A mysterious creature? A futuristic spaceship? There was lots of speculation going on at the Bon Marché Rive Gauche last Wednesday about the monumental shape, all curves and lights, that was created by Portuguese artist Joana Vasconcelos (which she dubbed Simone). The work, which the artist describes as a “Valkyrie” (a warrior goddess who flew over battlefields in search of the souls of the most valiant warriors), is in line with the feminist approach used throughout her work—like “The Bride,” a six-meter chandelier made of tampons presented at the Venice Biennale in 2005. This winter, the Parisian department store on Rue de Sèvres has given her carte blanche to invest its space with “Branco Luz” (“White Light”), following exhibitions by Ai Weiwei in 2016, Chiharu Shiota in 2017 and Leandro Erlich in 2018. In January 1873, Aristide Boucicaut, founder of Le Bon Marché, imagined “White Month,” with sales on household linens after the desperately empty shelves were cleared out for Christmas and New Year celebrations. In tribute to this tradition, Joana Vasconcelos designed an installation around variations of white textures, all woven and assembled by hand in her workshop. The organic shapes of “Simone” overhung guests including Isabelle Huppert, Ana Girardot, Monica de la Villardière and Diane Rouxel, to name a few. The event included Portuguese appetizers and a fado concert by singer Paulo Brançanga in tribute to the artist’s country of origin, immersing guests in Joana Vasconcelos’s divine and symbolic universe.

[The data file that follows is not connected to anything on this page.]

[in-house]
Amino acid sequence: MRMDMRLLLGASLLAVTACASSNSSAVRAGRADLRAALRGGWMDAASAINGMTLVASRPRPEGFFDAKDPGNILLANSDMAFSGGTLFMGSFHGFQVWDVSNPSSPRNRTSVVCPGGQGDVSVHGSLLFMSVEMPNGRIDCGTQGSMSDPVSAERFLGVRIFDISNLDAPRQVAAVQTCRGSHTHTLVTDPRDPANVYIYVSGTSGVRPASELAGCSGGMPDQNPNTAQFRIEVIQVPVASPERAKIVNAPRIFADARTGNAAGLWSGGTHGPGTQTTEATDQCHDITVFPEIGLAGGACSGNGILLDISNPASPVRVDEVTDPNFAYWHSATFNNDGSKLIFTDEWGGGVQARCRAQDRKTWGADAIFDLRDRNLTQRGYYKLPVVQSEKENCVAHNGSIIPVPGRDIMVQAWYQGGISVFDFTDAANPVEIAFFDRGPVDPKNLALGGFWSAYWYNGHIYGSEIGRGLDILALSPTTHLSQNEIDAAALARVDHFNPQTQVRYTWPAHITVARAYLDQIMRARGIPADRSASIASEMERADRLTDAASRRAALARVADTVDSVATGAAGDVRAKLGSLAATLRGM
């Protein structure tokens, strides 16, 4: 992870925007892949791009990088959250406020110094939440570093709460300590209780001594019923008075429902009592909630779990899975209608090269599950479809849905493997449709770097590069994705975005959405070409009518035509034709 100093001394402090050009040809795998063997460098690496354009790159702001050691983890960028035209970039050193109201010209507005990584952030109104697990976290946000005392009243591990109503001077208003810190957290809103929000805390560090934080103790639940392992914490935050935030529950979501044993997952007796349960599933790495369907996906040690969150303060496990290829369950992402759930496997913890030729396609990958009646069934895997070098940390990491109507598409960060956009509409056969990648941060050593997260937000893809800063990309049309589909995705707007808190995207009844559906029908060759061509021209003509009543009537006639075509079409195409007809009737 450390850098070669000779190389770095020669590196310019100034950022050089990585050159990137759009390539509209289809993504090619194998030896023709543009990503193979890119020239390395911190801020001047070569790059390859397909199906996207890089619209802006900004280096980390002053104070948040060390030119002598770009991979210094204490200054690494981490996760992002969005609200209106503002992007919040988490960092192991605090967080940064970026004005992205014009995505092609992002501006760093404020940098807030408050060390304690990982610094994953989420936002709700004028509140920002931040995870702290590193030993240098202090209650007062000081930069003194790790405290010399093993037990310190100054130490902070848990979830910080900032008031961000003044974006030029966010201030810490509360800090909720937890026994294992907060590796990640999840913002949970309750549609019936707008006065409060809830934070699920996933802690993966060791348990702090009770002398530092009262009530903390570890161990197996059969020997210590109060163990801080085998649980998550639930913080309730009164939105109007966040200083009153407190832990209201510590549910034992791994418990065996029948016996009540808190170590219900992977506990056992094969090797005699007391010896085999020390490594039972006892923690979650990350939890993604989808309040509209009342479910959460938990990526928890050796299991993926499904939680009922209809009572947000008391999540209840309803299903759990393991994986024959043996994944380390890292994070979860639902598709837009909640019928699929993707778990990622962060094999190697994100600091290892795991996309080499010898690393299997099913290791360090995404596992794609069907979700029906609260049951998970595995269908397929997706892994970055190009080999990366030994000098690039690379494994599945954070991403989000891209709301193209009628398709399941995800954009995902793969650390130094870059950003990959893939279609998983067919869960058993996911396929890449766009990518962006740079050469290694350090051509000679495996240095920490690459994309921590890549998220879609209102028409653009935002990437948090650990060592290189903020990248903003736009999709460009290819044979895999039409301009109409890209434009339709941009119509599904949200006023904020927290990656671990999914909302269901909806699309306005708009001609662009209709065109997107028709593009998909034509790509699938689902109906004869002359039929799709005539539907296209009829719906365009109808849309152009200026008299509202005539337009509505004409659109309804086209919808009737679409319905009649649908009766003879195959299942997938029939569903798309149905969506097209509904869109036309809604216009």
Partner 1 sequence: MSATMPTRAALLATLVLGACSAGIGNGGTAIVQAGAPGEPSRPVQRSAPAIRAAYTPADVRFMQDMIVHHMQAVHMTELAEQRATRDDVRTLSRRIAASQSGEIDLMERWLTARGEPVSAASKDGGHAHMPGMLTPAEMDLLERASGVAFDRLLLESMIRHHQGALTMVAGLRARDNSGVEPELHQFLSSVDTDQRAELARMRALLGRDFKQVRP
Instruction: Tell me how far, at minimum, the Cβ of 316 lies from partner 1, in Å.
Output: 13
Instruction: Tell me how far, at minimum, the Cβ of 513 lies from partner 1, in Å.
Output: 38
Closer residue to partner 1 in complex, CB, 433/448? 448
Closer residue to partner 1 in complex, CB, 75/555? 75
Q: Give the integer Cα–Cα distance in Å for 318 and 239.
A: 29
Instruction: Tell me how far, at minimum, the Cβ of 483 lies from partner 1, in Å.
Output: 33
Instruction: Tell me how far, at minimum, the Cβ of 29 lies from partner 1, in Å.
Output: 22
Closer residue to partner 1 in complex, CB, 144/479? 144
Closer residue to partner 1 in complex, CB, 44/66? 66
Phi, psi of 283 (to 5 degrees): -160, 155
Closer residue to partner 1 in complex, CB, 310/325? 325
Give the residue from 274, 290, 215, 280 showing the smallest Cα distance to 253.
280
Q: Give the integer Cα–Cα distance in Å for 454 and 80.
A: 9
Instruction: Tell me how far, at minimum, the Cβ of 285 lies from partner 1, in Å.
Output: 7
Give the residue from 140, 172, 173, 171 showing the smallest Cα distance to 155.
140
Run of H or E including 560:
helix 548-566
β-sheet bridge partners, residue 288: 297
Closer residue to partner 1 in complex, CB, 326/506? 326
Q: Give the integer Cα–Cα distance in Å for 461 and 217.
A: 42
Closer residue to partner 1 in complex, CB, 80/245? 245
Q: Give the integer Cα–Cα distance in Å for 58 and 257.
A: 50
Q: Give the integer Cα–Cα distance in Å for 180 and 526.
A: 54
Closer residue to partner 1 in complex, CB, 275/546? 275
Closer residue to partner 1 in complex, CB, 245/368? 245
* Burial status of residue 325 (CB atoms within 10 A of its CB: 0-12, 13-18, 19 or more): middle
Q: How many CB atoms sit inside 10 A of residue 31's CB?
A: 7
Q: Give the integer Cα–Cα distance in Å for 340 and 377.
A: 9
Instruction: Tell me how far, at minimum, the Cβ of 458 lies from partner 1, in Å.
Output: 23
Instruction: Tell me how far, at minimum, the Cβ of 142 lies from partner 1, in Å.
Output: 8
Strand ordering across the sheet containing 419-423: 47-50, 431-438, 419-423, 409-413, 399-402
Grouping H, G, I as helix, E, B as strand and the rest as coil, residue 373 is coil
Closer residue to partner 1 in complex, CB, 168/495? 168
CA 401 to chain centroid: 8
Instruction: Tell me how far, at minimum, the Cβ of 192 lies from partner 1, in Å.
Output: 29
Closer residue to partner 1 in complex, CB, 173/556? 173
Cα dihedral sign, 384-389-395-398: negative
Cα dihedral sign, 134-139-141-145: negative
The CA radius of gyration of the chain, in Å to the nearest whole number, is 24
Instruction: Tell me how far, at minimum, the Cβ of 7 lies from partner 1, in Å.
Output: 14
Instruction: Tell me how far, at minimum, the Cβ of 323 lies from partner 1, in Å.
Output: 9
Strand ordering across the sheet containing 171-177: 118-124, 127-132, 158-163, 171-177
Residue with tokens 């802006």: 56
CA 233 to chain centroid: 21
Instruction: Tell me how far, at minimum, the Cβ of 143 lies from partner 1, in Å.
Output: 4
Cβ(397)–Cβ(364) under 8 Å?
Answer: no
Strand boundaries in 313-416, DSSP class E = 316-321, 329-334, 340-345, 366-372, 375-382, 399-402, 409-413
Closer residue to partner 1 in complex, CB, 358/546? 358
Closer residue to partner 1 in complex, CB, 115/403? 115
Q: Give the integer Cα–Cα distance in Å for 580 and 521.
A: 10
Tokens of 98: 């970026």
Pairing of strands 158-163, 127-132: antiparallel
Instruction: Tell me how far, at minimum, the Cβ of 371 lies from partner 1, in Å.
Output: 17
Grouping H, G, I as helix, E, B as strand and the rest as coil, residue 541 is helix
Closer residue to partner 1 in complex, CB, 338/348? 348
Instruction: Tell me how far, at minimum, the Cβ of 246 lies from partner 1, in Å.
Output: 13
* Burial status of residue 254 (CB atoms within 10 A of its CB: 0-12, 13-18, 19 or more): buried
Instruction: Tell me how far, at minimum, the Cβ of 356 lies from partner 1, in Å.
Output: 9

Photos: Jean Picon & Valentin Le Cron
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